There is no doubt that "Finland" the area between Lake Onega and Norway has been inhabited for thousands of years, yet history books often make the mistake of stating that the Finns came to Finland sometime in the first millennium.Certainly there were Finns who arrived in "first centuries AD" but they did not fill a vacuum when they got there.Through the study of such phenomena, geologists have been able to deduce the origins of Finland.
Swedish control over Finnish territory was established gradually beginning in the 12th century in a number of religious crusades." (Encyclopedia of the Nations, 2006).From those coastal regions of the Arctic Ocean, north of the present national boundary of Finland, have come the most ancient relics of human culture ever discovered by Finnish archaeologists. It was found in 1914 in Korpilahti swamp at Antrea, Karelia.(not far from the writer's ancestral home) At the bottom of the picture are bark floats; at the top, rock weights. Nettle has been used for thousands of years, and for many applications including medicine.Only the Saami are considered indigenous because they are a minority but Finns themselves are indigenous as neither Saami nor Finns consist 100% of the original people. In the Finnish lakes even the edible water chestnut thrived, though now it is found only in central and southern Europe.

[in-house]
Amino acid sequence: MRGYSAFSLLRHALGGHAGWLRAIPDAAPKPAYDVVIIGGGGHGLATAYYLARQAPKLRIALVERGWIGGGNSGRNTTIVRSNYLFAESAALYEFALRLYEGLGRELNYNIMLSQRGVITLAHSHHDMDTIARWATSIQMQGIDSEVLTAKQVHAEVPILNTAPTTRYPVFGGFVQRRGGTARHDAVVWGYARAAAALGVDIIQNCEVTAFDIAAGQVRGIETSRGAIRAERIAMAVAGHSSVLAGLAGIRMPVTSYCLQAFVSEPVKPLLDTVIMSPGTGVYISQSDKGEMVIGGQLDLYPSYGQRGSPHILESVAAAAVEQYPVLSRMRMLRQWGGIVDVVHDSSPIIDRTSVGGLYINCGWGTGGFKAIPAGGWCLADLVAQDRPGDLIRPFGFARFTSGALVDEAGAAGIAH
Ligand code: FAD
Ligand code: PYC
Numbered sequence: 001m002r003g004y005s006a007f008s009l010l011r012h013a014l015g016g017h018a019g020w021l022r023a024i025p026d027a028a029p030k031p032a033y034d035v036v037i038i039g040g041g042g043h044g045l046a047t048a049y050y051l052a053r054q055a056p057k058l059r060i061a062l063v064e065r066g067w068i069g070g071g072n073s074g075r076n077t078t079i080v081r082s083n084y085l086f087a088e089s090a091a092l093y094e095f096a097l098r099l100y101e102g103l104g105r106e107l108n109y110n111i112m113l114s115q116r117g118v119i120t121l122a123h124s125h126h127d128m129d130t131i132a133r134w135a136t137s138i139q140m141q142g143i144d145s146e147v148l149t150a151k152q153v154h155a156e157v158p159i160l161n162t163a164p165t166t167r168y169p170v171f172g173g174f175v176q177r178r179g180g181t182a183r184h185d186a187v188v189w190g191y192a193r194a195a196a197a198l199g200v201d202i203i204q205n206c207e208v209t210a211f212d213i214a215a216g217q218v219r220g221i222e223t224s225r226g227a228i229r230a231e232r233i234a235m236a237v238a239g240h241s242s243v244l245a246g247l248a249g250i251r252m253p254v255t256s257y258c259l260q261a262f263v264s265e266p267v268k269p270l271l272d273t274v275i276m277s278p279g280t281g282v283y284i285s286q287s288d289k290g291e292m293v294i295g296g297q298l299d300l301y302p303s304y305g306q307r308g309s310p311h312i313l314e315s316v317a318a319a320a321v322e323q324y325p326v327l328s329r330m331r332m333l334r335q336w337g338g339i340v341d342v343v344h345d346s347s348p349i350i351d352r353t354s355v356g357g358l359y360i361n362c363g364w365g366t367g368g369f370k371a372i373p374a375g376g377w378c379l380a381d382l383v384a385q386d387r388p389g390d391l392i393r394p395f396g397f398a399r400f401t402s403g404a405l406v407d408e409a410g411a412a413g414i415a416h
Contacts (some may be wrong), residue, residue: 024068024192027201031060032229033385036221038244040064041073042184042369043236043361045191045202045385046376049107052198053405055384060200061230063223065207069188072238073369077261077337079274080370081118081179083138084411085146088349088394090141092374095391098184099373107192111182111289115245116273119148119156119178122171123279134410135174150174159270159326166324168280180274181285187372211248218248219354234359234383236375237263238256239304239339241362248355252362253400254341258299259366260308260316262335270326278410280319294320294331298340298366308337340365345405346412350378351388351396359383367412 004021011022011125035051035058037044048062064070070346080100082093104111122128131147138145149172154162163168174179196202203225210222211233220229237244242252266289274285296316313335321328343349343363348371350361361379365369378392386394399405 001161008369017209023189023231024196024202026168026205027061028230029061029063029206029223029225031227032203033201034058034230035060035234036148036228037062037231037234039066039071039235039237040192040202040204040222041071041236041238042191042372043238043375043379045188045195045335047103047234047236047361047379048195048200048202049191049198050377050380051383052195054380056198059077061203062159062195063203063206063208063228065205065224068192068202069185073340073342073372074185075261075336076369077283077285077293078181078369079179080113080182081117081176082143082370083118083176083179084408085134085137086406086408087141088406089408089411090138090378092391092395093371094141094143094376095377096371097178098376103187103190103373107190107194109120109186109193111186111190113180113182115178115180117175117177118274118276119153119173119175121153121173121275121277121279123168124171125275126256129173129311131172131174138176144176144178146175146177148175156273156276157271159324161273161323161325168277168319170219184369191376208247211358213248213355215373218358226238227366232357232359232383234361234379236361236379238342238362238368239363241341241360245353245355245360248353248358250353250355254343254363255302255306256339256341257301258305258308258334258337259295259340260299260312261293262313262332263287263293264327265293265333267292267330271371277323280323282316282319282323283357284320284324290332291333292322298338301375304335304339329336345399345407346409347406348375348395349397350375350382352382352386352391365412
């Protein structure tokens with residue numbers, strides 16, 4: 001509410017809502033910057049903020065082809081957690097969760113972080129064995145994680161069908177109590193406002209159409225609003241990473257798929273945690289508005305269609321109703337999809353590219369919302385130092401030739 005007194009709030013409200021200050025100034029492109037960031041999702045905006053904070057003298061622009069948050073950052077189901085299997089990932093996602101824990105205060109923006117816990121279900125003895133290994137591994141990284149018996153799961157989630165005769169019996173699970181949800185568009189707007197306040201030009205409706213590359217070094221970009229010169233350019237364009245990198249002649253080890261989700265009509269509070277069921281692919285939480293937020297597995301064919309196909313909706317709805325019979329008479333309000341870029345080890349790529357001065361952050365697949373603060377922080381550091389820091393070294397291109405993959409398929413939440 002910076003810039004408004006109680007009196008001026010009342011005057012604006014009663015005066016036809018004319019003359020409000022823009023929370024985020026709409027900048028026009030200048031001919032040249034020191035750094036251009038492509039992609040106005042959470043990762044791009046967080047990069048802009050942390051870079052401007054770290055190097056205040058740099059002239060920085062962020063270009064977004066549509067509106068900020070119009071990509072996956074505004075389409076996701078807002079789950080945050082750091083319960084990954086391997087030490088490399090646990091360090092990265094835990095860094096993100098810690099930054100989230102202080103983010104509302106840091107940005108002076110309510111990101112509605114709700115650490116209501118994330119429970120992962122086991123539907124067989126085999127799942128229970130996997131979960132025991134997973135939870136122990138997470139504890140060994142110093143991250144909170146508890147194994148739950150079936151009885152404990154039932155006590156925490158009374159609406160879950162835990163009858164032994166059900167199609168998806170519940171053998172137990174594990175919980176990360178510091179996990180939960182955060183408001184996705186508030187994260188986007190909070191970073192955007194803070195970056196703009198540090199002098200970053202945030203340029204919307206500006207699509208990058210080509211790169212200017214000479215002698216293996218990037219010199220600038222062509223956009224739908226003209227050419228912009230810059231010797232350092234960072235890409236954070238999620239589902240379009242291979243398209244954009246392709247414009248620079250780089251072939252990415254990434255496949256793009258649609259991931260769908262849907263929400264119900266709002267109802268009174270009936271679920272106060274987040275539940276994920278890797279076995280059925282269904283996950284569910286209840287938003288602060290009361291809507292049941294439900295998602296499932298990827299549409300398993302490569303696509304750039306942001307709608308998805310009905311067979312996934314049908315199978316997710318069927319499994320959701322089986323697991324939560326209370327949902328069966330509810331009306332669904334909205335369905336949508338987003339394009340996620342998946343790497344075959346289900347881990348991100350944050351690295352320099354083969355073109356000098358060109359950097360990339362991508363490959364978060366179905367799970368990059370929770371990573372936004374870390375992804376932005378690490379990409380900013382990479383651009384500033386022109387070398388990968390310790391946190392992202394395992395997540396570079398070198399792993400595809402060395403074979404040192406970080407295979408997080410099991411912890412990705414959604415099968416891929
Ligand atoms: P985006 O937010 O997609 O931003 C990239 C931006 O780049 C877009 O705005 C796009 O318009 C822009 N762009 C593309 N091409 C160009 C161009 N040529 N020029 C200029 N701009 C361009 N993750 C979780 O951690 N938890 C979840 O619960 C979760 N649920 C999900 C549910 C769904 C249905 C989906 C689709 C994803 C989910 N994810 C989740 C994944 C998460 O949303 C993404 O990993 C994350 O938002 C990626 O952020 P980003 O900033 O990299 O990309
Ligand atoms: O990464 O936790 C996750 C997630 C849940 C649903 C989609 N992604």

Under such propitious circumstances, Stone Age man moved his abode northward and gradually spread over the whole peninsula.During that process, the Finnish peninsula slowly rose out of the sea, first forming solitary islands, then chains of islands, and, finally, a clearly defined extension of the continent.